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Last revised:
23 August 2000

Les Québécois, le clergé catholique et l'affaire des écoles du Manitoba / Quebecers, the Catholic Clergy and the Manitoba School Question, 1890-1916

Petition of Mgr. L.-F. Laflèche to Joseph-A. Chapleau [May 12, 1890]

[Note from the editor: Mgr. Laflèche [1818-1898] was the leader of the ultramontane school among the bishops of Quebec, following the death of Mgr. Ignace Bourget. Laflèche had been bishop of Trois-Rivières for nearly 25 years when this petition was drafted. The issue of Manitoba and the North-West was of particular interest to him as he was a personal friend of Alexandre Taché, Archbishop of St. Boniface and, as such, leader of the Roman Catholic church in Western Canada. Both had been sent together to the West as missionaries to the Indians and the Metis earlier in their careers and they had developed a close friendship. Thus, it was to Laflèche that Taché turned when he sought support and help at the beginning of the school controversy. On a yearly basis, throughout the 1890's, Laflèche ordered that donations for the catholic schools of the west be gathered throughout all of the parishes of his diocese and that a special Sunday collection be made for this purpose. Throughout the entire period of 1890 to 1898, he was the eastern bishop that displayed the greatest zeal for the cause of the catholic schools of the West.

Joseph-A. Chapleau [1840-1898], to whom the petition was addressed, was the Secretary of State in the Macdonald conservative government when the petition was received. Chapleau had been Premier of Quebec between 1879 and 1882. He finished his career as the Lieutenant-Governor of Quebec between 1892 and 1898. An opponent of the ultramontane, Chapleau continued the tradition of LaFontaine and Cartier in sponsoring moderate views and cooperating with anglo-protestants as the best means to assure the survival and development of the French Canadians. Consequently, in 1885, at the time of the hanging of Riel, he refused to resign the Macdonald cabinet to form a separate French party. The prestige of Chapleau was considerable in Quebec, in large measure because of his personal talents but, as well, because he was trusted to work hard on behalf of the interests of Quebecers.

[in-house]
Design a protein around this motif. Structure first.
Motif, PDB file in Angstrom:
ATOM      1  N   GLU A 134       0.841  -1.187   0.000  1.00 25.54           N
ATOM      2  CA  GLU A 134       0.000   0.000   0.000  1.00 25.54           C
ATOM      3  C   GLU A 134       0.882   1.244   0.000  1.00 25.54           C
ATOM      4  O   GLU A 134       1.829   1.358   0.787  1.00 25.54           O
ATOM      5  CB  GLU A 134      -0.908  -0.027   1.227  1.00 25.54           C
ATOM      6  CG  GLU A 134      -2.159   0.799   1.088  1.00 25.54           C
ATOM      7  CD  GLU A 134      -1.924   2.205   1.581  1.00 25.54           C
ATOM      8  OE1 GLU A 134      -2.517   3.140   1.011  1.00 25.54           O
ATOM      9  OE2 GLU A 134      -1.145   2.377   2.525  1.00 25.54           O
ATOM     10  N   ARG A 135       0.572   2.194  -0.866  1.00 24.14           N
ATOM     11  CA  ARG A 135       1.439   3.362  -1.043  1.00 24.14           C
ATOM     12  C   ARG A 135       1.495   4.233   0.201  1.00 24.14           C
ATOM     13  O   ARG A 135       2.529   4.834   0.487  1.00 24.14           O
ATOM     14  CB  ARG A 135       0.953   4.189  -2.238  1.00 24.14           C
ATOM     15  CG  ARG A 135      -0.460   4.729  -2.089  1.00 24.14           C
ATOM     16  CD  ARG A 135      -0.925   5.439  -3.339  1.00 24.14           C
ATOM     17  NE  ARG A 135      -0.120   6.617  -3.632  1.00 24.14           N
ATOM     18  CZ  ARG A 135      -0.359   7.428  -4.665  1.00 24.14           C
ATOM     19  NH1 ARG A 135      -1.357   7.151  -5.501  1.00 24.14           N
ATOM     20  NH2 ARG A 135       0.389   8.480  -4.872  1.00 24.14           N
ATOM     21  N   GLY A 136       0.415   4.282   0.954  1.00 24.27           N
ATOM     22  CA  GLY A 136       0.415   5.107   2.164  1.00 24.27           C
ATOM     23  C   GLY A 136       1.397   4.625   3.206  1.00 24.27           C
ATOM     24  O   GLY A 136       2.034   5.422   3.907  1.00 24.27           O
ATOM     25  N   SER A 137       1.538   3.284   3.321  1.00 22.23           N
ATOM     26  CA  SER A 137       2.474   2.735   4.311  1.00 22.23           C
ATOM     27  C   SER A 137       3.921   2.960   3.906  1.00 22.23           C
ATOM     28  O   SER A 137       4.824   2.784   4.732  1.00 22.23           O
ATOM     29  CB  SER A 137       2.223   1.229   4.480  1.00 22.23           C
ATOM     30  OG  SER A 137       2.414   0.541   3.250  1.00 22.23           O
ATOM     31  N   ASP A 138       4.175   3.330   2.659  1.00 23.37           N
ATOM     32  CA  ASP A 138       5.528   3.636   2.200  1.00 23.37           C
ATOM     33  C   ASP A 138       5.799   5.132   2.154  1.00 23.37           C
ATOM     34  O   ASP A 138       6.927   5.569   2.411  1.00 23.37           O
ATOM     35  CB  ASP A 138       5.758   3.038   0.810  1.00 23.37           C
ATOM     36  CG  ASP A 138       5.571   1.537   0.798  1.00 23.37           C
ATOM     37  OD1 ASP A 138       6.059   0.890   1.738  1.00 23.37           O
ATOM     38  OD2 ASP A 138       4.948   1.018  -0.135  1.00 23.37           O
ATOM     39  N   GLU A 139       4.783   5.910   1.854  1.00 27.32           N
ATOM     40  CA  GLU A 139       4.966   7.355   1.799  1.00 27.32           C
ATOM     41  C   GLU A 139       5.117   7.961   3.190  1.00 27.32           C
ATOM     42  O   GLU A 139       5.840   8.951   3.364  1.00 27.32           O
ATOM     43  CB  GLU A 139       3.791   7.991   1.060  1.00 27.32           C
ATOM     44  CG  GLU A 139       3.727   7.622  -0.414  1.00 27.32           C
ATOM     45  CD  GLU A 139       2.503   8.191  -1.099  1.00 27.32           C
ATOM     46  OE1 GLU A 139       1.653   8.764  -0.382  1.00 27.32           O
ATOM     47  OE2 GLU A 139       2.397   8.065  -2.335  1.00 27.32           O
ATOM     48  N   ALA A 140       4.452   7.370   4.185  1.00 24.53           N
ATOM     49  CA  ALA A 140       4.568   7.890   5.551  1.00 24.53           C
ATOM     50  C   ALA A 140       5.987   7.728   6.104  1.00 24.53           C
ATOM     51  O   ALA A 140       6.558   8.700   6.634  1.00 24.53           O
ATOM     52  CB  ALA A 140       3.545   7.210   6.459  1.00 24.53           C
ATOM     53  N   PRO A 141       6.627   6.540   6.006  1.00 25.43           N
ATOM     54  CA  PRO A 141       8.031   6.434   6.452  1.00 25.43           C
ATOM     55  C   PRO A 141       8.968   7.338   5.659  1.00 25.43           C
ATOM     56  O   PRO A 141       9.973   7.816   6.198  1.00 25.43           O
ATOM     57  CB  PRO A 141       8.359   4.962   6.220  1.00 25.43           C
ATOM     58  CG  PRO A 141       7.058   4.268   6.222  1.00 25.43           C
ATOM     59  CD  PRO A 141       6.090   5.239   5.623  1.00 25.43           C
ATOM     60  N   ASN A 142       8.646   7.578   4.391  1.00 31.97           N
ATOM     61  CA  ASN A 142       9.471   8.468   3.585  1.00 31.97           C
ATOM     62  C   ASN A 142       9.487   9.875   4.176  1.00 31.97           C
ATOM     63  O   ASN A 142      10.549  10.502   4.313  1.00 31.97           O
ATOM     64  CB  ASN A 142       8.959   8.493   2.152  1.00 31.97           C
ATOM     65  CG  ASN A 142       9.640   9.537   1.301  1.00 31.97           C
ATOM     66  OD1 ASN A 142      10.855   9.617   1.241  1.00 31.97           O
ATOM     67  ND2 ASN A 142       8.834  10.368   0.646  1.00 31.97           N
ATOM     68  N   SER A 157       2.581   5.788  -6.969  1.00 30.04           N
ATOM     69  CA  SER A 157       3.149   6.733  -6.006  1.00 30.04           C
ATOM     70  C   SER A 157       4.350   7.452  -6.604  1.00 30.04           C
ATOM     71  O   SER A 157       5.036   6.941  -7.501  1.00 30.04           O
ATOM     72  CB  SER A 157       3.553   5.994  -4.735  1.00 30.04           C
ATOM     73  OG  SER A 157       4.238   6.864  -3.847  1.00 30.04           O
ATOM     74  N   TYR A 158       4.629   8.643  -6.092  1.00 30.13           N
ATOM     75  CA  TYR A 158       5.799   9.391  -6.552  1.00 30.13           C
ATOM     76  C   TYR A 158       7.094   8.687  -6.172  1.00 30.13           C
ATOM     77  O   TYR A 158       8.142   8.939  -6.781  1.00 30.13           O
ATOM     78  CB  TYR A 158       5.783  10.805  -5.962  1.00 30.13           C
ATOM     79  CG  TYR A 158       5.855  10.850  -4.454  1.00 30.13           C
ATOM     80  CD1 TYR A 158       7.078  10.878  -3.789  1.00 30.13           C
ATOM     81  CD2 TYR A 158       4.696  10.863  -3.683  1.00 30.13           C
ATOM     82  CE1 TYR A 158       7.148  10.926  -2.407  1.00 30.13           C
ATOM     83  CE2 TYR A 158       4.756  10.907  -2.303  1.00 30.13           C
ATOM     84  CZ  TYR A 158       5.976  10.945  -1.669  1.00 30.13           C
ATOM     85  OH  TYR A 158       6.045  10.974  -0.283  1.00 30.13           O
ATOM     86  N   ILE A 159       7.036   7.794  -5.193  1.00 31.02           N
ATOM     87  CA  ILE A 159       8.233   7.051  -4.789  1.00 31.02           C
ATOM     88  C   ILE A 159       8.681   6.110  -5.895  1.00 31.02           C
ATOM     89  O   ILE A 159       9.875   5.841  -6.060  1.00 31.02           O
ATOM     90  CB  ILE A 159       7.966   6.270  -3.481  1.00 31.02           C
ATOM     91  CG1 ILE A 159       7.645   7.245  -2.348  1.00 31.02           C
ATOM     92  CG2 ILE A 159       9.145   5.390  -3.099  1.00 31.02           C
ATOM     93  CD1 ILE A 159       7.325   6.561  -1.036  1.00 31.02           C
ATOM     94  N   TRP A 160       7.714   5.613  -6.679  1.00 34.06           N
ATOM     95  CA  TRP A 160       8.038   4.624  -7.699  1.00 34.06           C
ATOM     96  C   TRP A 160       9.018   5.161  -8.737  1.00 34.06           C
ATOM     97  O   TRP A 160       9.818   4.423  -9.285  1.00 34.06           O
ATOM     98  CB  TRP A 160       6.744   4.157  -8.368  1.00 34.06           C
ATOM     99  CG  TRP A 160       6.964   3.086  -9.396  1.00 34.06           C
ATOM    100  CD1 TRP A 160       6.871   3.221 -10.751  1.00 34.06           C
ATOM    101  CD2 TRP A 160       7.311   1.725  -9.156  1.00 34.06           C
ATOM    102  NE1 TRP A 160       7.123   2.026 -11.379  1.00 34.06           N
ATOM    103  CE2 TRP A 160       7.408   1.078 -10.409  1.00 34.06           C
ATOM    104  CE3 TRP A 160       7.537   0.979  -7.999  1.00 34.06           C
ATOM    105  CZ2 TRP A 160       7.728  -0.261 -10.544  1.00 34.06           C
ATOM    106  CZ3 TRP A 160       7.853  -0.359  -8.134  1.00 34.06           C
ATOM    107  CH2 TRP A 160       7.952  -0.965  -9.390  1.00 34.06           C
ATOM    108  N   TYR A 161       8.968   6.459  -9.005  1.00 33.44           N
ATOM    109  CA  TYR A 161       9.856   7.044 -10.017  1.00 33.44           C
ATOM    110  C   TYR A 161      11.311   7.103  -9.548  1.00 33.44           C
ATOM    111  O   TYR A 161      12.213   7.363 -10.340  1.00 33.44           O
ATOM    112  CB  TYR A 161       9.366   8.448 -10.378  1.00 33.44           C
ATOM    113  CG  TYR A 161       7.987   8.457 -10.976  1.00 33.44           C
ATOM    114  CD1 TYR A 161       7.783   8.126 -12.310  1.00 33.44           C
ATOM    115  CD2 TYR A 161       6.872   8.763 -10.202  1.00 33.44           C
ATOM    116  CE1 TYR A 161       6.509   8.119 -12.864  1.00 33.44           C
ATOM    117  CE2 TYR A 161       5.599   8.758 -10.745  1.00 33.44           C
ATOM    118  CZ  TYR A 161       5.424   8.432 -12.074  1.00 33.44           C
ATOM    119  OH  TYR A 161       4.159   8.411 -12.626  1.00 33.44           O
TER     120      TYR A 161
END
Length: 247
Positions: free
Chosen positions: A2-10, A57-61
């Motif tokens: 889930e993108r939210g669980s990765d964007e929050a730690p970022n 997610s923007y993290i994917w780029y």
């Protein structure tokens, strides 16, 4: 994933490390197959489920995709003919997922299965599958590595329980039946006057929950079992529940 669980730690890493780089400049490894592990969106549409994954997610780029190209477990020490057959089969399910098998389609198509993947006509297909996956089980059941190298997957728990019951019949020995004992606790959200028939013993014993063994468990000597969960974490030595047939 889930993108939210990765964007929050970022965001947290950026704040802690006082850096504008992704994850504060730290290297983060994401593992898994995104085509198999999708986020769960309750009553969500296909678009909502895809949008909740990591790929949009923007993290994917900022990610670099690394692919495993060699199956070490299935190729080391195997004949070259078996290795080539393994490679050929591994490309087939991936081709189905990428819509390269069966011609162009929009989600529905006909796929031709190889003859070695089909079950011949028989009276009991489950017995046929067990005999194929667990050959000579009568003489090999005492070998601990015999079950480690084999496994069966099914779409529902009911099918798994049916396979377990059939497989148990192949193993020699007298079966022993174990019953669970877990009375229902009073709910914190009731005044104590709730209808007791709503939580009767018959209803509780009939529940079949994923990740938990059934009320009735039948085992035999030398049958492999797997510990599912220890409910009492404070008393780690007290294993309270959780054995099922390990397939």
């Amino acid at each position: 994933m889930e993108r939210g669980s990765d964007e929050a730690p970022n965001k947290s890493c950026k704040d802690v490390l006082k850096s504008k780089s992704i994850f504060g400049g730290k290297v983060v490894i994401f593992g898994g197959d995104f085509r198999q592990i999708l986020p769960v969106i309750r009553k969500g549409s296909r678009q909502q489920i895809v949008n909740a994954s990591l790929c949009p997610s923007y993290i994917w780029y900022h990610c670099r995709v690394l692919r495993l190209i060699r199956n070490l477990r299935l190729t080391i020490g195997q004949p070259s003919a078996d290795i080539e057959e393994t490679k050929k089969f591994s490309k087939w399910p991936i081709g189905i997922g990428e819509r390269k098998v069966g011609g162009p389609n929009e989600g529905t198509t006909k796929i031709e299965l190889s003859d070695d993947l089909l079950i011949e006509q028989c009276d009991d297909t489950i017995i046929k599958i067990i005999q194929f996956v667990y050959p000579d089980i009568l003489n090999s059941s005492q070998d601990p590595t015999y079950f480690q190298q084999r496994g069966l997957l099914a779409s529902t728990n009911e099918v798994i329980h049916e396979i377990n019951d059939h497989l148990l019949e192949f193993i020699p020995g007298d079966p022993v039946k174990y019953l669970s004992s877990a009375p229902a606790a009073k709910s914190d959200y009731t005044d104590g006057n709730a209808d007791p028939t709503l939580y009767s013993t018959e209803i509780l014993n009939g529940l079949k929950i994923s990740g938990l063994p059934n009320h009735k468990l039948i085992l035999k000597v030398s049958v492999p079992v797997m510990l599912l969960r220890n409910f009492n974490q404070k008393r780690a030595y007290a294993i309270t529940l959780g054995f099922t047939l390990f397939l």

One aspect of particular interest in this document is that it is one of the very few which addresses the linguistic issue as well as the religious one. Laflèche's petition is to the effect of disallowing both the school and linguistic provisions of the 1890 Manitoba bills.]



Secretary of State,

SIR, - The unjust law which the Manitoba Government have caused to be adopted against the Catholic and French-speaking population of that province, abolishing separate schools and the official use of the French language, went into force on the I st May instant. The protests of the minority, so unworthily treated by this infamous law, have been laid before the Dominion Government in order to secure its disallowance and the protection guaranteed them under the constitution. I trust the Government, of which you are a leading member, will lend a favourable ear to this appeal to its authority, and protect the rights of that minority by disallowing this Act, which has been characterized as persecution by Protestants themselves. The manliness with which you repelled a similar attempt in the North-West Territories inspires me with confidence that you will not fail to take a firm stand in this case also. The federal compact was invoked to maintain the abolition of separate schools in New Brunswick a few years ago, and nevertheless, the Catholic ministers, who were then members of the Dominion Government, declared to the Bishops that they were prepared to resign on that question, and it was only through respect for the autonomy of the provinces that that iniquitous law was then tolerated.

To-day it is in the name of the federal compact that the Manitoba minority ask for protection against an unjust law, which is a violation of the federal compact, for that compact guarantees the official use of the French language on the same footing as the English language, and the maintenance of separate schools, conditions without which the Catholic and French-speaking people of Manitoba would never have consented to enter into confederation; now that is the guarantee which the Hon. J. Martin's Act has recently trampled under foot, while unjustly, and without a shadow of pretext, depriving that minority of a right which every people holds most sacred, the right of preserving the language and the faith of their fathers.

I am confident, therefore, that the Ministers charged with the care of our religious and national interests in the Dominion Government, will to-day exhibit the same firmness as their predecessors, and that they will succeed in convincing their colleagues that if they desire to maintain a good understanding between the divers races, and insure peace and stability of Confederation, they must do justice to the minority in Manitoba, and protect them against the iniquitous persecution inflicted upon them by the majority at the instigation of a few fanatics.

In my humble opinion this is a far more serious matter than the Riel question, inasmuch as it involves a direct violation of sentiments dearest to the heart of man, his love for his native tongue and his religion.

Trusting that no Catholic French-Canadian member of the Government will, in the face of the country, take the responsibility of supporting a law so evidently unjust and hostile to our nationality,

I remain, &c.,

L. F., Bishop of Three Rivers.

Source: Canada, Sessional Papers (No. 63), 1891


© 2000 Claude Bélanger, Marianopolis College